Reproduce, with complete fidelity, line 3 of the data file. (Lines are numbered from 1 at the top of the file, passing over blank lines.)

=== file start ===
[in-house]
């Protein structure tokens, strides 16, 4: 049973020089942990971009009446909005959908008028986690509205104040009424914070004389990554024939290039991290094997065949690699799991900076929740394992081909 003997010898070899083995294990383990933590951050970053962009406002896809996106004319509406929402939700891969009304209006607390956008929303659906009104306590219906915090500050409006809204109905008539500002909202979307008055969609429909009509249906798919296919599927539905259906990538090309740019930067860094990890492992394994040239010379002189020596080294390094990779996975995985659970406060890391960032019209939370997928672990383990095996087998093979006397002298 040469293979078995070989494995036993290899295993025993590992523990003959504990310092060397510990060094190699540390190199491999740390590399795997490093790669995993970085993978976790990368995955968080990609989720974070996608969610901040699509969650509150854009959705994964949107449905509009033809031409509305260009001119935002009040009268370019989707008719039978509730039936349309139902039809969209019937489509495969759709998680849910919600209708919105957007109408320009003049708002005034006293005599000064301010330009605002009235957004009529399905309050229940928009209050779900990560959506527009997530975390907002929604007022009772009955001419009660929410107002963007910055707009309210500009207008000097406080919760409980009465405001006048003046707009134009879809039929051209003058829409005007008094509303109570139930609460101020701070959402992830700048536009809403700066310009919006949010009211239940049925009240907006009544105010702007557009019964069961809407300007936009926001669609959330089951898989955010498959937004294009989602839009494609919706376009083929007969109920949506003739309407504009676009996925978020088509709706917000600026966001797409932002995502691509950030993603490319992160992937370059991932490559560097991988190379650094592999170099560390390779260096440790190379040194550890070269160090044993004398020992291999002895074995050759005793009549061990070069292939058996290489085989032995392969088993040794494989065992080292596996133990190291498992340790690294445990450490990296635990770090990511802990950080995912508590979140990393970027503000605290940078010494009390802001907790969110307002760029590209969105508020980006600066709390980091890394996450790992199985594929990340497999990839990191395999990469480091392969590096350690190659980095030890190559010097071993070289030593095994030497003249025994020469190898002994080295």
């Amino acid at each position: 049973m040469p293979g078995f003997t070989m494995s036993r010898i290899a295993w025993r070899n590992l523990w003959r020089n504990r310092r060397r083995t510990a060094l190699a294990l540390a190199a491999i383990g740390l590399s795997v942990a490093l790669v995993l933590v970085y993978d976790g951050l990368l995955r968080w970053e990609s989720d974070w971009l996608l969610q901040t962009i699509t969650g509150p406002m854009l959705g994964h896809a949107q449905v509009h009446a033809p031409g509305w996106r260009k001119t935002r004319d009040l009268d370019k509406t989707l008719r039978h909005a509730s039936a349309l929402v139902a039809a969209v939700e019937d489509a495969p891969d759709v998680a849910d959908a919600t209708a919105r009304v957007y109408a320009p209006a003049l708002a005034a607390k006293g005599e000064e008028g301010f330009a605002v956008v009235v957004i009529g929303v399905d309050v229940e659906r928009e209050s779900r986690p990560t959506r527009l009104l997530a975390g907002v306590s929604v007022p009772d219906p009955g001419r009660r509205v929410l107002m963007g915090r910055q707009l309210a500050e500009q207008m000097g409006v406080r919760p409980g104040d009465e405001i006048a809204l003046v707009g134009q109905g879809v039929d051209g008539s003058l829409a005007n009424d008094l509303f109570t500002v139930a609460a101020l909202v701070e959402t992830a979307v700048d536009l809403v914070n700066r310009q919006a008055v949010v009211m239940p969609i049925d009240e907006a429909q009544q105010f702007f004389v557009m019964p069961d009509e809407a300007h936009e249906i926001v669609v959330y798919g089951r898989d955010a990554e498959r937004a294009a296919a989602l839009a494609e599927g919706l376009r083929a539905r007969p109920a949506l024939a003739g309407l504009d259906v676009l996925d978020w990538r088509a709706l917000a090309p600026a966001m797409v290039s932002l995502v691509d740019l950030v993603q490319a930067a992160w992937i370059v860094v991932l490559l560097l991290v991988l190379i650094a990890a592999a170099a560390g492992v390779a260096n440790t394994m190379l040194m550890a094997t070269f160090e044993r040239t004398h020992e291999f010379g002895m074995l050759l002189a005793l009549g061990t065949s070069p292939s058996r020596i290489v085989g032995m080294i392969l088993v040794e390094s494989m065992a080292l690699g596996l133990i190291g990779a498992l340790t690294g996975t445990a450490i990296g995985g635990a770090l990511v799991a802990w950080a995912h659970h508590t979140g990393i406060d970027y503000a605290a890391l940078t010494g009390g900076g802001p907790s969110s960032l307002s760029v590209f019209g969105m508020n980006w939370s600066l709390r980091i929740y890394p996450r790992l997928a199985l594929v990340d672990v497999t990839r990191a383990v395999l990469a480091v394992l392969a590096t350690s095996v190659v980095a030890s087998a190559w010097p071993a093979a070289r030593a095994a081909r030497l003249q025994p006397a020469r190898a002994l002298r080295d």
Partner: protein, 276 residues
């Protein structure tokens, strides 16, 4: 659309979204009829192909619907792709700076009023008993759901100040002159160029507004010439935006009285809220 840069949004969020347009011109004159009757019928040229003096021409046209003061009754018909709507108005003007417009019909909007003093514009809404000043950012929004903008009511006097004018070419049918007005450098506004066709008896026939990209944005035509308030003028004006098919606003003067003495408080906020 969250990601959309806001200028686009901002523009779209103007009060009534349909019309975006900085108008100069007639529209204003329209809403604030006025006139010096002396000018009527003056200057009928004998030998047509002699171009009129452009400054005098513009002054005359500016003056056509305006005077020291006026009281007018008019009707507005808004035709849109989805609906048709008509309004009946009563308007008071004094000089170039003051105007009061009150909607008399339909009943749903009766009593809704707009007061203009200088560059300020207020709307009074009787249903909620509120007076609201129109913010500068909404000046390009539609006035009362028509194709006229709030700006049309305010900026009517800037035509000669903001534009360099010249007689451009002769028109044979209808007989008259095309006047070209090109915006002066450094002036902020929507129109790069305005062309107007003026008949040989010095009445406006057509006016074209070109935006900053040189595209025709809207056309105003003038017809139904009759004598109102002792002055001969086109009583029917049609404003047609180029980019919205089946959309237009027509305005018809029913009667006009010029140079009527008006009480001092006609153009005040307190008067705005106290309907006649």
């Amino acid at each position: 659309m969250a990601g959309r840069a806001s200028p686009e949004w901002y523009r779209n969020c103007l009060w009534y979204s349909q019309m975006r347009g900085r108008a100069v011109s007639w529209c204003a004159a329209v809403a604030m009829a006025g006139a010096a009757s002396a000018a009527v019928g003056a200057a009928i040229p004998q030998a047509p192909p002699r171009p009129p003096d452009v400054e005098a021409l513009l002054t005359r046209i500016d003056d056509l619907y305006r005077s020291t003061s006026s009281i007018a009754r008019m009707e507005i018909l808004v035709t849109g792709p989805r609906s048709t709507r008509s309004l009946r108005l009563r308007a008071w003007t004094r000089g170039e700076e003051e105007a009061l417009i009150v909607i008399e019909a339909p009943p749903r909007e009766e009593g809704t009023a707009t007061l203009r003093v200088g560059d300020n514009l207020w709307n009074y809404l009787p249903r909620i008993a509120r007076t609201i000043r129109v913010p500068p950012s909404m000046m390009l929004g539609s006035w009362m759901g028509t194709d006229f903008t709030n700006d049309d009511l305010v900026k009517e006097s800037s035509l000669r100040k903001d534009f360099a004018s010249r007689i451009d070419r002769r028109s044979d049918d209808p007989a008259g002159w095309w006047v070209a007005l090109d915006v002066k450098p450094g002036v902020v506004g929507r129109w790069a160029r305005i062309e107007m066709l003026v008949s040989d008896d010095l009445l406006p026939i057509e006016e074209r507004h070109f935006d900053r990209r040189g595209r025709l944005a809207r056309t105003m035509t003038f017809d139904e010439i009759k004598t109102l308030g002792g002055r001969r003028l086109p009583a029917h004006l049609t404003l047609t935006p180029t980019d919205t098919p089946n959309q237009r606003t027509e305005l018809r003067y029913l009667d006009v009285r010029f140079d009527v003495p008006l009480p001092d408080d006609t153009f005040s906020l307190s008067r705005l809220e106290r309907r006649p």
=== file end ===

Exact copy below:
């Amino acid at each position: 049973m040469p293979g078995f003997t070989m494995s036993r010898i290899a295993w025993r070899n590992l523990w003959r020089n504990r310092r060397r083995t510990a060094l190699a294990l540390a190199a491999i383990g740390l590399s795997v942990a490093l790669v995993l933590v970085y993978d976790g951050l990368l995955r968080w970053e990609s989720d974070w971009l996608l969610q901040t962009i699509t969650g509150p406002m854009l959705g994964h896809a949107q449905v509009h009446a033809p031409g509305w996106r260009k001119t935002r004319d009040l009268d370019k509406t989707l008719r039978h909005a509730s039936a349309l929402v139902a039809a969209v939700e019937d489509a495969p891969d759709v998680a849910d959908a919600t209708a919105r009304v957007y109408a320009p209006a003049l708002a005034a607390k006293g005599e000064e008028g301010f330009a605002v956008v009235v957004i009529g929303v399905d309050v229940e659906r928009e209050s779900r986690p990560t959506r527009l009104l997530a975390g907002v306590s929604v007022p009772d219906p009955g001419r009660r509205v929410l107002m963007g915090r910055q707009l309210a500050e500009q207008m000097g409006v406080r919760p409980g104040d009465e405001i006048a809204l003046v707009g134009q109905g879809v039929d051209g008539s003058l829409a005007n009424d008094l509303f109570t500002v139930a609460a101020l909202v701070e959402t992830a979307v700048d536009l809403v914070n700066r310009q919006a008055v949010v009211m239940p969609i049925d009240e907006a429909q009544q105010f702007f004389v557009m019964p069961d009509e809407a300007h936009e249906i926001v669609v959330y798919g089951r898989d955010a990554e498959r937004a294009a296919a989602l839009a494609e599927g919706l376009r083929a539905r007969p109920a949506l024939a003739g309407l504009d259906v676009l996925d978020w990538r088509a709706l917000a090309p600026a966001m797409v290039s932002l995502v691509d740019l950030v993603q490319a930067a992160w992937i370059v860094v991932l490559l560097l991290v991988l190379i650094a990890a592999a170099a560390g492992v390779a260096n440790t394994m190379l040194m550890a094997t070269f160090e044993r040239t004398h020992e291999f010379g002895m074995l050759l002189a005793l009549g061990t065949s070069p292939s058996r020596i290489v085989g032995m080294i392969l088993v040794e390094s494989m065992a080292l690699g596996l133990i190291g990779a498992l340790t690294g996975t445990a450490i990296g995985g635990a770090l990511v799991a802990w950080a995912h659970h508590t979140g990393i406060d970027y503000a605290a890391l940078t010494g009390g900076g802001p907790s969110s960032l307002s760029v590209f019209g969105m508020n980006w939370s600066l709390r980091i929740y890394p996450r790992l997928a199985l594929v990340d672990v497999t990839r990191a383990v395999l990469a480091v394992l392969a590096t350690s095996v190659v980095a030890s087998a190559w010097p071993a093979a070289r030593a095994a081909r030497l003249q025994p006397a020469r190898a002994l002298r080295d």